New York governor puts indefinite pause on congestion pricing

June 7, 2024

New York Gov. Kathy Hochul has directed the Metropolitan Transportation Authority (MTA) to “indefinitely pause” a plan that would charge drivers to enter Midtown or Lower Manhattan. The plan known as congestion pricing would have charged most drivers up to $15 to enter the area. It was set to take effect June 30.

In a statement, Gov. Hochul said congestion pricing was “enacted in a pre-pandemic period where workers were in the office five days a week, crime was at record lows and tourism was at record highs. Circumstances have changed and we must respond to the facts on the ground.”

Hochul cited inflation as a main reason for stopping the congestion pricing plan. “Let’s be real: a $15 charge may not mean a lot to someone who has the means, but it can break the budget of a working- or middle-class household,” Hochul said. It puts the squeeze on the very people who make this City go: the teachers, first responders, small business workers, bodega owners.”

The congestion pricing plan was intended to reduce traffic in one of the most gridlocked parts of New York City and improve air quality while providing a new revenue source for repairs to the city’s public transportation systems. The MTA estimated congestion pricing would result in 100,000 fewer drivers entering the area each day. The fees were expected to generate $15 billion for improvements to public transit.

If the plan had gone into effect June 30, drivers would have been charged fees to enter Manhattan anywhere below 60th street, at the lower edge of Central Park. During peak hours, it would cost drivers $15 but only $3.75 during overnight hours. Motorcyclists would pay $7.50 during peak hours and $1.75 during overnight hours. Fees would only apply once per day even if drivers traveled in and out of the congestion relief zone.

Trucks, buses and taxis would have been subject to their own prices. For trucks and buses, the fees were higher, reaching up to $36 for large trucks and tour buses and $24 for small trucks. Taxis and other for-hire vehicles licensed with the NYC Taxi & Limousine Commission would be subject to lower rates of $2.50 per day plus a $1.25 charge per trip.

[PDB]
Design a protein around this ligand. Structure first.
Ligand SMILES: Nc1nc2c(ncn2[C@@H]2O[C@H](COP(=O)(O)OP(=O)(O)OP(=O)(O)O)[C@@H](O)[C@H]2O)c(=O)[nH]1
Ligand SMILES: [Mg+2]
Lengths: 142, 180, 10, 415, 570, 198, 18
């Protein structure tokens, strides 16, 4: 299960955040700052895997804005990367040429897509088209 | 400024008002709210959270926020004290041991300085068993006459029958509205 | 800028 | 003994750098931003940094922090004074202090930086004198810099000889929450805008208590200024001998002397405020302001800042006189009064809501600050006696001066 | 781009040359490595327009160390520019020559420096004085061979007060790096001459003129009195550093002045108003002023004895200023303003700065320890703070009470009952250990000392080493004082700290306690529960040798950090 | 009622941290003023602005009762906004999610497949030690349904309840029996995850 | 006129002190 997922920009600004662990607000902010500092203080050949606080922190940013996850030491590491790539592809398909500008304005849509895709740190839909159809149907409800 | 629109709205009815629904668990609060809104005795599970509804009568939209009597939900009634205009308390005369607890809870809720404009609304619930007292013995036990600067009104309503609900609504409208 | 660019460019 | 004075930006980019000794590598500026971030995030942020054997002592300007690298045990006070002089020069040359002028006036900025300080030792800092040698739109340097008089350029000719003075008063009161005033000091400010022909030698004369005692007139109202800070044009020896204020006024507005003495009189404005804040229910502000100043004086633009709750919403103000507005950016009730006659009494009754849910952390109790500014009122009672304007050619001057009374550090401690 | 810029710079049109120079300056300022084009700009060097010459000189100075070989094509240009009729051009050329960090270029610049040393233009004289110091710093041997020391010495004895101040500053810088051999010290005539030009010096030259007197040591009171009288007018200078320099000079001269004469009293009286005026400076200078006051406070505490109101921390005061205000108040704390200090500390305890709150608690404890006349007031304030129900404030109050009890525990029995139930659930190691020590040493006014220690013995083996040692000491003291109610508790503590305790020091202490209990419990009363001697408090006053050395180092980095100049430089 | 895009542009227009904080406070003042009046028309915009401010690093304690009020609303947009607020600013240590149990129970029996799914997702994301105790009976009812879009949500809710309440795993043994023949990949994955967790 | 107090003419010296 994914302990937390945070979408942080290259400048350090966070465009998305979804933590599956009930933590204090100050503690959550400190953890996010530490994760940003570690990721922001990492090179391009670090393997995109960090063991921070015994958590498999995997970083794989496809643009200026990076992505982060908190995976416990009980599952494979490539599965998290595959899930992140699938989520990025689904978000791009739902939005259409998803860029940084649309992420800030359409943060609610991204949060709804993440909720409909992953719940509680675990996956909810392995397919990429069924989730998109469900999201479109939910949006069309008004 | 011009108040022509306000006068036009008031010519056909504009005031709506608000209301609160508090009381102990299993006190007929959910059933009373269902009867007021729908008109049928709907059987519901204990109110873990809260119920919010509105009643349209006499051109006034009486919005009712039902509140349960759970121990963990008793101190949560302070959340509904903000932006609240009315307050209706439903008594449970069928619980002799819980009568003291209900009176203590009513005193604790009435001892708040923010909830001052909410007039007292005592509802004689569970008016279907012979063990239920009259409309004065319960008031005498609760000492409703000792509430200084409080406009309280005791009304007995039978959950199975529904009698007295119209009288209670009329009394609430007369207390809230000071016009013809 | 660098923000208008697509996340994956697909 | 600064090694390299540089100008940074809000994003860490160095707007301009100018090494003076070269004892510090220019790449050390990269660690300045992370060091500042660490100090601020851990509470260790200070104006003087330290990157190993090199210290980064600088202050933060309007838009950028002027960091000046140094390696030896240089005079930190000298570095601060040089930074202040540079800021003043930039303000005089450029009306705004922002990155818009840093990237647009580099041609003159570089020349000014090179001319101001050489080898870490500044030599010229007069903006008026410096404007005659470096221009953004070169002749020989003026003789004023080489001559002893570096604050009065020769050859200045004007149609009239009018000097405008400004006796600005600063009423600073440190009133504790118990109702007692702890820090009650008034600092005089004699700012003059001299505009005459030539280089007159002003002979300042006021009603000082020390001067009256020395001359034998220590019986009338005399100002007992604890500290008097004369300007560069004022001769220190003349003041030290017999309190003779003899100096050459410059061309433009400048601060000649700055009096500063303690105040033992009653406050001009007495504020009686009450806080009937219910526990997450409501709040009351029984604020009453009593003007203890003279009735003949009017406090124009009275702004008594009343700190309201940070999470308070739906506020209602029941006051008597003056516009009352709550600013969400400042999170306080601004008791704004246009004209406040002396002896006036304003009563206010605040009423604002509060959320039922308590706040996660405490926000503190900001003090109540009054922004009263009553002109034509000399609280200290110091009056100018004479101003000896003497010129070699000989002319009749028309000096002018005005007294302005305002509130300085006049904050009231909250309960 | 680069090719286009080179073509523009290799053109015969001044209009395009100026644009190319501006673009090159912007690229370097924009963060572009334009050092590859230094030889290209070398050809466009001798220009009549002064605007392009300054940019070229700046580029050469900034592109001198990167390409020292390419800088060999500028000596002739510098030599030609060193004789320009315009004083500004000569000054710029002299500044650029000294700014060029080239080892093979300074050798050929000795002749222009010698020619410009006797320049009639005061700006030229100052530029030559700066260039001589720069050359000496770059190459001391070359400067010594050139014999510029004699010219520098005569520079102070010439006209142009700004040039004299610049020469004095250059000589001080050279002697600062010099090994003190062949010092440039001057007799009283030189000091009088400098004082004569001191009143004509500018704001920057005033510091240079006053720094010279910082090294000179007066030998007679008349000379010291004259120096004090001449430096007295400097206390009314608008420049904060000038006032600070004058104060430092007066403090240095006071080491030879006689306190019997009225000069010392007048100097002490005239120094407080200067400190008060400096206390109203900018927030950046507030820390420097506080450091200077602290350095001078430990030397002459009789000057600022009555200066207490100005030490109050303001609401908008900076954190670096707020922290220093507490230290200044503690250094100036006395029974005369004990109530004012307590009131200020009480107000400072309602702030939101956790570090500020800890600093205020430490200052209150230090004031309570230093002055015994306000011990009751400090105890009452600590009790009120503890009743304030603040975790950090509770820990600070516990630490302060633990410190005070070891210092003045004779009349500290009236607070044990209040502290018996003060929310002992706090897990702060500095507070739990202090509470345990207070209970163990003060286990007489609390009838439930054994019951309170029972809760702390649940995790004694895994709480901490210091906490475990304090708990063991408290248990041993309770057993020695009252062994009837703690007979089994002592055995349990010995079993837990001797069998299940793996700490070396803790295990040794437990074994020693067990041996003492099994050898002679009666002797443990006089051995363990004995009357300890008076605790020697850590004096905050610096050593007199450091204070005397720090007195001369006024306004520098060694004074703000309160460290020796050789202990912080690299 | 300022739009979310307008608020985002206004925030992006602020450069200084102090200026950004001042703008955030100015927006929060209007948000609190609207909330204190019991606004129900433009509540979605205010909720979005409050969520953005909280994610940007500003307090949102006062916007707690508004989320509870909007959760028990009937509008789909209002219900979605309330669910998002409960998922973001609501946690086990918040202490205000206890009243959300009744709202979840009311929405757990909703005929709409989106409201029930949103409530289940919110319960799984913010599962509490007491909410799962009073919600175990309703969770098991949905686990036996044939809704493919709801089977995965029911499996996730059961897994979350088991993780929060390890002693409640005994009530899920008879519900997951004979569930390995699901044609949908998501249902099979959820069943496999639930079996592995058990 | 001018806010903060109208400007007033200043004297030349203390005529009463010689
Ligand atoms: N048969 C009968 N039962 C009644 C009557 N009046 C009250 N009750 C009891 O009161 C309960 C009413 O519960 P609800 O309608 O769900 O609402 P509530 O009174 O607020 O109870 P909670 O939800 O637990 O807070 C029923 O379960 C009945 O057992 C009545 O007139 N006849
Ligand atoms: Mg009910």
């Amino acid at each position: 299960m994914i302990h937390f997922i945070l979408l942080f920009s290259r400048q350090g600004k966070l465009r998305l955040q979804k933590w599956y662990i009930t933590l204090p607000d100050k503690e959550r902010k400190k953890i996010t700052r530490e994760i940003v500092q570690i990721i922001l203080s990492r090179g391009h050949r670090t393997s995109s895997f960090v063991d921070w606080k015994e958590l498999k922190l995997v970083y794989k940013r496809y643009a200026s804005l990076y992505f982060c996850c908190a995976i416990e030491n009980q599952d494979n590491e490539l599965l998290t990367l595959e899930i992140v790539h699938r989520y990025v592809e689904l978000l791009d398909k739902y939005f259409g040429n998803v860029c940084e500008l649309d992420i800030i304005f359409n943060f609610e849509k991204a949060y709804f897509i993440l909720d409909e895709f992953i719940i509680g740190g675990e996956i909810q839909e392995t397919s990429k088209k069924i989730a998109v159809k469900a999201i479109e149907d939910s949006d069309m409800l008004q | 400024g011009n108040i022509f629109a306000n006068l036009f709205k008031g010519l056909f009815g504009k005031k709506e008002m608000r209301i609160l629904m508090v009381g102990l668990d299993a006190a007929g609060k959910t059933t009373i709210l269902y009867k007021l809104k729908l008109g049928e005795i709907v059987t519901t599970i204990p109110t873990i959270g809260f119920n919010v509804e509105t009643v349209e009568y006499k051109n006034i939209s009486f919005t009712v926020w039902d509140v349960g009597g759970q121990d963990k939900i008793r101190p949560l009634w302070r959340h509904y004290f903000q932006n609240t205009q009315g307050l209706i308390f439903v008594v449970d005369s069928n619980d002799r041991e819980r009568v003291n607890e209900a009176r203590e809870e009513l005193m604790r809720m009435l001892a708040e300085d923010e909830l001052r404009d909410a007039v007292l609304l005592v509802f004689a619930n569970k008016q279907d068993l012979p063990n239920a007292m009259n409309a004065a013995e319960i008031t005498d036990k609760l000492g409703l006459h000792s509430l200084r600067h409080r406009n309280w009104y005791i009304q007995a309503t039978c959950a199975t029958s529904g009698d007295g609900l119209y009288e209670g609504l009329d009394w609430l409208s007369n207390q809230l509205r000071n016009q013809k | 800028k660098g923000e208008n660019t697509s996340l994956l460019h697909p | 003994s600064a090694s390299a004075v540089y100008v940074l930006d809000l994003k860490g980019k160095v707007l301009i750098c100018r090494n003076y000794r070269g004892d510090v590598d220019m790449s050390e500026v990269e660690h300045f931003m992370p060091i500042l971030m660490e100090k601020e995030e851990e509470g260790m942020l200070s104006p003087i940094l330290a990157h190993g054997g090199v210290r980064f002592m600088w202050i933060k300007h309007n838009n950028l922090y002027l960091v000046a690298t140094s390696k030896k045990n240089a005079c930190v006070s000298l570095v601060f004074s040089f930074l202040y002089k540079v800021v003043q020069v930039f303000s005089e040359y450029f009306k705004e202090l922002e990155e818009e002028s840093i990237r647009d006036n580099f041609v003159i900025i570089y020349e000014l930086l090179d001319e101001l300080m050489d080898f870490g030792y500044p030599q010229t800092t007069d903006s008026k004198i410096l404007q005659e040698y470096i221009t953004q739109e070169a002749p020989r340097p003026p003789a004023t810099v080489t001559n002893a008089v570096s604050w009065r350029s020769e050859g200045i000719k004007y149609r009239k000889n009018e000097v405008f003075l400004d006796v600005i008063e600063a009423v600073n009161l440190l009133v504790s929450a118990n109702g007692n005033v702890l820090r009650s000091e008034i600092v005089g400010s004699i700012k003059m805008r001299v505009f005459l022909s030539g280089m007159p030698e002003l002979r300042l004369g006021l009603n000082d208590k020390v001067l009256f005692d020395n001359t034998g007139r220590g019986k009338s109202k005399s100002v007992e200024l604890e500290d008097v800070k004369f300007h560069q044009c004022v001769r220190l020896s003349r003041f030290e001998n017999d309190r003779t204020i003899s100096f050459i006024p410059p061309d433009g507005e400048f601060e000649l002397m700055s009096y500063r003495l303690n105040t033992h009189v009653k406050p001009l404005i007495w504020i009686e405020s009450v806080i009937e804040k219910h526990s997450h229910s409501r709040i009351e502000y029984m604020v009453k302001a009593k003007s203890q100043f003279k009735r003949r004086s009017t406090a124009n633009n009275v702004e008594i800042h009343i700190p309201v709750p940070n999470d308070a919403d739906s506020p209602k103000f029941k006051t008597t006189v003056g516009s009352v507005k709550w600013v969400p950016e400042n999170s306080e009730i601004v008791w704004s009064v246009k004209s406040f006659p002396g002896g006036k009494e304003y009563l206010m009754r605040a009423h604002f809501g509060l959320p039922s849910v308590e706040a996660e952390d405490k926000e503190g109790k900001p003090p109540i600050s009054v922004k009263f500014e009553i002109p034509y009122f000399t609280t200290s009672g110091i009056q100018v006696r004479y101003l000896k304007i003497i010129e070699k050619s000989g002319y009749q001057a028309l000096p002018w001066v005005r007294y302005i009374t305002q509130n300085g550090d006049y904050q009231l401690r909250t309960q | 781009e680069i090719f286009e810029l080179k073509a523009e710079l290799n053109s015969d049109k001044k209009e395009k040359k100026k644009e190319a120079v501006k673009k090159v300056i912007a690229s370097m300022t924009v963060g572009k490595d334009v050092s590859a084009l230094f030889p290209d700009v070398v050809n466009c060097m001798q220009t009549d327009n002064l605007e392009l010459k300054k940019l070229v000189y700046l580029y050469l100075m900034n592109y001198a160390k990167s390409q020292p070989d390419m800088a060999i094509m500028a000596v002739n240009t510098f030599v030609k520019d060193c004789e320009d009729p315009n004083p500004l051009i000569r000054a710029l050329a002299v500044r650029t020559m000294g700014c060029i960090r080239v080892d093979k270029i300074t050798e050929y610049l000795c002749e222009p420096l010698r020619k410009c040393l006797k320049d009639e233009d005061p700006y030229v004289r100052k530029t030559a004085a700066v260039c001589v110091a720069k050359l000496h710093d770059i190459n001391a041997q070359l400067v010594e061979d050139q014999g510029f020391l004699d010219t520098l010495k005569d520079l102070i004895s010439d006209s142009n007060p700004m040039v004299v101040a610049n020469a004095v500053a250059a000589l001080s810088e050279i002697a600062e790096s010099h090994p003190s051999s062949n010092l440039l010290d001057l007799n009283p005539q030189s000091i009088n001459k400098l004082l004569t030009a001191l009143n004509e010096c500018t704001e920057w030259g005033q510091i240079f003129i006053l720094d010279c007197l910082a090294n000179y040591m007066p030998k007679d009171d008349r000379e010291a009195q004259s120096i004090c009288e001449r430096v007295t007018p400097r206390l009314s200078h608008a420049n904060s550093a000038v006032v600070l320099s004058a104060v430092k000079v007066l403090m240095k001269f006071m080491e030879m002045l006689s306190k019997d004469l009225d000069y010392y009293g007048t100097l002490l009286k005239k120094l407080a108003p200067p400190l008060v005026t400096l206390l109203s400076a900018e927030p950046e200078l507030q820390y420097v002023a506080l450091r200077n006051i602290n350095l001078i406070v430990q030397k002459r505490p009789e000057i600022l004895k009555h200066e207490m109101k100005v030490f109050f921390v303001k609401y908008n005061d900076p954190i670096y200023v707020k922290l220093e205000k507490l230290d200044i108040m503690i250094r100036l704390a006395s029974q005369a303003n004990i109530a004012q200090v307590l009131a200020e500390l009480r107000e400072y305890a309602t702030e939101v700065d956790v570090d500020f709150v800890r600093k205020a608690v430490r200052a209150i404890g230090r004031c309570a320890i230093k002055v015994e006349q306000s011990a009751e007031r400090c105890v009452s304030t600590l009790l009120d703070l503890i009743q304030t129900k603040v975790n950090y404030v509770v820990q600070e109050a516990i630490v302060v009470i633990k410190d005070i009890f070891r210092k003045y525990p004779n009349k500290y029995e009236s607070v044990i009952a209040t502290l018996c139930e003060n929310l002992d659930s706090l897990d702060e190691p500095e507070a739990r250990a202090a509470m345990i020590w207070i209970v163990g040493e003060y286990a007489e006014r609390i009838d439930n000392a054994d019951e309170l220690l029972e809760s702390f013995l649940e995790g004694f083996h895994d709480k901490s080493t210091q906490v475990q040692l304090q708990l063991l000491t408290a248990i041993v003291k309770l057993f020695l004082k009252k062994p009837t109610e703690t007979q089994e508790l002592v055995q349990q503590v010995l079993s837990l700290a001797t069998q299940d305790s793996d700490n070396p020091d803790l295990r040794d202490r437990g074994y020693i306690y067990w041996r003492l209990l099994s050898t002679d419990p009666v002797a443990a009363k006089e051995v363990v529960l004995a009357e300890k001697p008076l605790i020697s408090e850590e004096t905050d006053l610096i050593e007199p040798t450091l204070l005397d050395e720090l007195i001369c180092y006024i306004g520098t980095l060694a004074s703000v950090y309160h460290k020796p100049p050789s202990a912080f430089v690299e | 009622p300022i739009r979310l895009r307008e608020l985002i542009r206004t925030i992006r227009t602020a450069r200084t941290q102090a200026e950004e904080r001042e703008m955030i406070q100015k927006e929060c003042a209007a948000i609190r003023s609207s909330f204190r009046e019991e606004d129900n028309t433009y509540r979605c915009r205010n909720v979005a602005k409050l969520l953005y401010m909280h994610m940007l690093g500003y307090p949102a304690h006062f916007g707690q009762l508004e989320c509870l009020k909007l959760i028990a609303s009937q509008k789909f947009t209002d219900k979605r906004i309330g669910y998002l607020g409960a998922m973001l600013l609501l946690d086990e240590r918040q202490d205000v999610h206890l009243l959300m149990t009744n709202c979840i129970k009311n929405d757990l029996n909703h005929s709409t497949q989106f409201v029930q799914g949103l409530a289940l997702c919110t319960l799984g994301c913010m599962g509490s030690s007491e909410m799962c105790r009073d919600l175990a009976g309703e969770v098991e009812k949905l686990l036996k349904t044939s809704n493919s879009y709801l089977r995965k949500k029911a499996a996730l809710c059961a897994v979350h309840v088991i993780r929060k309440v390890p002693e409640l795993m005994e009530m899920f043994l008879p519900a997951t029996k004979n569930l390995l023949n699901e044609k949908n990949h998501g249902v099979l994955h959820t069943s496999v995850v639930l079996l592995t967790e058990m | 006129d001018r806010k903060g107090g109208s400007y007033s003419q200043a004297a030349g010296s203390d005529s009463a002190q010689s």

Some drivers would have qualified for exemptions or discounts from the congestion fees. For example, people who live inside the congestion relief zone and make less than $60,000 per year would have been eligible for a tax credit equal to the amount of tolls paid. Under another discount program, the Low-Income Discount Plan, drivers living throughout the New York area that make less than $50,000 or are enrolled in other federal benefits such as the Supplemental Nutrition Assistance Program could get a 50% discount on all trips to the congestion relief zone after their 10th trip.

Gov. Hochul’s decision to indefinitely pause the congestion pricing plan has drawn mixed responses from officials throughout the city and state. In an interview with a CBS news station, New York City Mayor Eric Adams appeared to stand by Hochul’s decision. “It’s imperative to deal with the congestion. It’s imperative to make sure businesses continue to thrive in the city. But we have to do it right,” Adams said.

Mayor Adams was pressed on how the MTA would be able to make up the lost revenue congestion pricing would have provided. “That is what the state must deliberate on and come to a determination,” Adams said. “The city does not control the MTA. We say that over and over again. New Yorkers use the transit system, but we are creatures of Albany.”

Other city officials were outright critical of Hochul’s decision. “This action ensures that our communities will continue to be plagued daily by unbearable vehicular traffic, and it will stall progress towards a more sustainable and efficient transportation system,” New York City Council Member Erik Bottcher said in a statement on X. “Postponing congestion pricing will prolong the nonsensical status quo.”

Some city council members, on the other hand, are supporting Hochul’s decision. “There are still many unresolved questions about how congestion pricing will impact New Yorkers and other commuters, and it is crucial that we address these concerns before moving forward, ” New York City Council Member Nantasha Williams said in a press release.

Photo by Aaron Sebastian on Unsplash

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